In Postcards from the Edge (In Search of Living Curiosities), artist Danie Mellor depicts Australia as the early European observers reimagined, while his imagery echoes the familiar blue and white engravings that adorned 19th Century European transferware china. It portrays an ancient continent with a rich bounty of ‘exotic’ wonders, where the original people and ‘enlightened’ invaders are revealed in a benign relationship.
The photographer in Postcards from the Edge is almost hidden to the left of the image, ‘capturing’ an idyllic rainforest, native animals and three Indigenous men. Mellor’s vision provides an interpretation of events, with the Indigenous people and the environment as the focus, but the idealised and theatrical image — although framed with the exotic decorative blue-and-white floral border — is skewed. In Mellor’s words, ‘it is a deliberate (pictorial) strategy, using irony that owes a debt to postmodern artists who developed a language incorporating that approach. In my work, however, it creates a slightly subversive dialogue around cultural transformation, belonging, and the interpretations that impacted landscape and Country’.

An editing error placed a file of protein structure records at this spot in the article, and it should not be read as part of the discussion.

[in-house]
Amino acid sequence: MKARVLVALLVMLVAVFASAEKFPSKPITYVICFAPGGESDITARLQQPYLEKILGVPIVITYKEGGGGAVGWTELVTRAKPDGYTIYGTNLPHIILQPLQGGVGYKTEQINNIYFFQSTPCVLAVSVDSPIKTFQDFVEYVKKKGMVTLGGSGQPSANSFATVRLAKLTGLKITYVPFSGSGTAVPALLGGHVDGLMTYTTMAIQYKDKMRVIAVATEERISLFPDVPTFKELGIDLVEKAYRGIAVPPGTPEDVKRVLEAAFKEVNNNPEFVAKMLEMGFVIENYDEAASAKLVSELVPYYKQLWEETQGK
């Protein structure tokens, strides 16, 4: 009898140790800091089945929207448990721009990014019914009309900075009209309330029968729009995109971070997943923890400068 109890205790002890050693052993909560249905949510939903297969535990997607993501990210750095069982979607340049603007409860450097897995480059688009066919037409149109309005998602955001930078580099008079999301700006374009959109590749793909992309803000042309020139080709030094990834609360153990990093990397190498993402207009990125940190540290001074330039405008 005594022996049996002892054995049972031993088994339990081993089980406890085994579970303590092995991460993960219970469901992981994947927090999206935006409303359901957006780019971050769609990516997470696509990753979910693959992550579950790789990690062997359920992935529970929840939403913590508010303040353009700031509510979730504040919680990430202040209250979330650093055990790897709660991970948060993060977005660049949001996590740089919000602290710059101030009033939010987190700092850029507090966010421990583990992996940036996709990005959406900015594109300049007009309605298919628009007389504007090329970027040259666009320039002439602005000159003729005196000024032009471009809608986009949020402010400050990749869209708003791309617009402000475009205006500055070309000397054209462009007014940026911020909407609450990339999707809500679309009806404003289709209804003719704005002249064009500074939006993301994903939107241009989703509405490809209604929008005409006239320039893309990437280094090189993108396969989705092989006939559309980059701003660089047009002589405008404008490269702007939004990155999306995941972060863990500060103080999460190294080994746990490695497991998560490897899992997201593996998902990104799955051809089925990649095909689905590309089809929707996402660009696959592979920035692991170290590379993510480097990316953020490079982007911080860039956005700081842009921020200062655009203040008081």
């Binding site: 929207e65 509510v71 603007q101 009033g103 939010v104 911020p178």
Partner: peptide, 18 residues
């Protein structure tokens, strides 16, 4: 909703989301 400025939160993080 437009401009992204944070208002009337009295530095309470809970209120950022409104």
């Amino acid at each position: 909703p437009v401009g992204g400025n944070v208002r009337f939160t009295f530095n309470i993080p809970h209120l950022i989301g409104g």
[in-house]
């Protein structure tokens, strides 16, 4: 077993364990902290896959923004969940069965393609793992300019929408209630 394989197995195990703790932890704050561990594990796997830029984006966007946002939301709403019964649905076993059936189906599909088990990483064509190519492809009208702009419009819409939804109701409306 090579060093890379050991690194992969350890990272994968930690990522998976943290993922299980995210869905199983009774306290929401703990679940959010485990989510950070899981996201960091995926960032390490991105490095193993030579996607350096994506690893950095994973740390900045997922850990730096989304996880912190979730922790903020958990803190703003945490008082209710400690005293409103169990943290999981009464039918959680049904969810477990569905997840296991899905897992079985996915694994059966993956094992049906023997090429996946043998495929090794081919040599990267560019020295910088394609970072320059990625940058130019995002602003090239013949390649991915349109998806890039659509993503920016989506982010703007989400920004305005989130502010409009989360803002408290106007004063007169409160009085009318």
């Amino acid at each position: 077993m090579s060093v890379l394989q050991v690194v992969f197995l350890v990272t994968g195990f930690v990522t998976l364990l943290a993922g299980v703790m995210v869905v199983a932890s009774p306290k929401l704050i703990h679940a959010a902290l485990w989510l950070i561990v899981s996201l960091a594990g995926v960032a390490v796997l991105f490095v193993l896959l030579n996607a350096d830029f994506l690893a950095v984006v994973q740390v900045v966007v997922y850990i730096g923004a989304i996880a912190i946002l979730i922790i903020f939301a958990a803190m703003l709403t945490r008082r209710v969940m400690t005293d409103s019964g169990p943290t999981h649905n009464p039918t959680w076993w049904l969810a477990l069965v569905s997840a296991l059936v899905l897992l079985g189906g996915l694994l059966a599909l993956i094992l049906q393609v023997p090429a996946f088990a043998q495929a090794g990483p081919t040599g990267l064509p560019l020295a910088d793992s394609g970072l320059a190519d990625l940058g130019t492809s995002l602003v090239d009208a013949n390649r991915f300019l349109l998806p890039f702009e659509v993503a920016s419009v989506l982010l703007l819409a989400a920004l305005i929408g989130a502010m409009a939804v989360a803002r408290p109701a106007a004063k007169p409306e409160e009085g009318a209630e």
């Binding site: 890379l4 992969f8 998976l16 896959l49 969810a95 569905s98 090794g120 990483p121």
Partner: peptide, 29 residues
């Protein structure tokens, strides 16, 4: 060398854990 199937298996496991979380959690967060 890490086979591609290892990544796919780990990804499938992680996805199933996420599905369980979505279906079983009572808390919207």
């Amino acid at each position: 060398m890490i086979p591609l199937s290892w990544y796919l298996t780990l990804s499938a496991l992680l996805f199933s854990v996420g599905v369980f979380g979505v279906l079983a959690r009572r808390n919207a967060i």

Mellor was born in Mackay, Queensland, of Aboriginal and Scottish heritage, and his cultural and creative perspectives have become increasingly significant within contemporary discussions around colonial narratives and histories.
Recent exhibitions include a major survey of his work at the University of Queensland Art Museum, as well as a solo exhibition, Primordial: SuperNaturalBayiMinyjirral, at the National Museum of Scotland. His work was recently featured at Art Basel Hong Kong with Jan Murphy Gallery.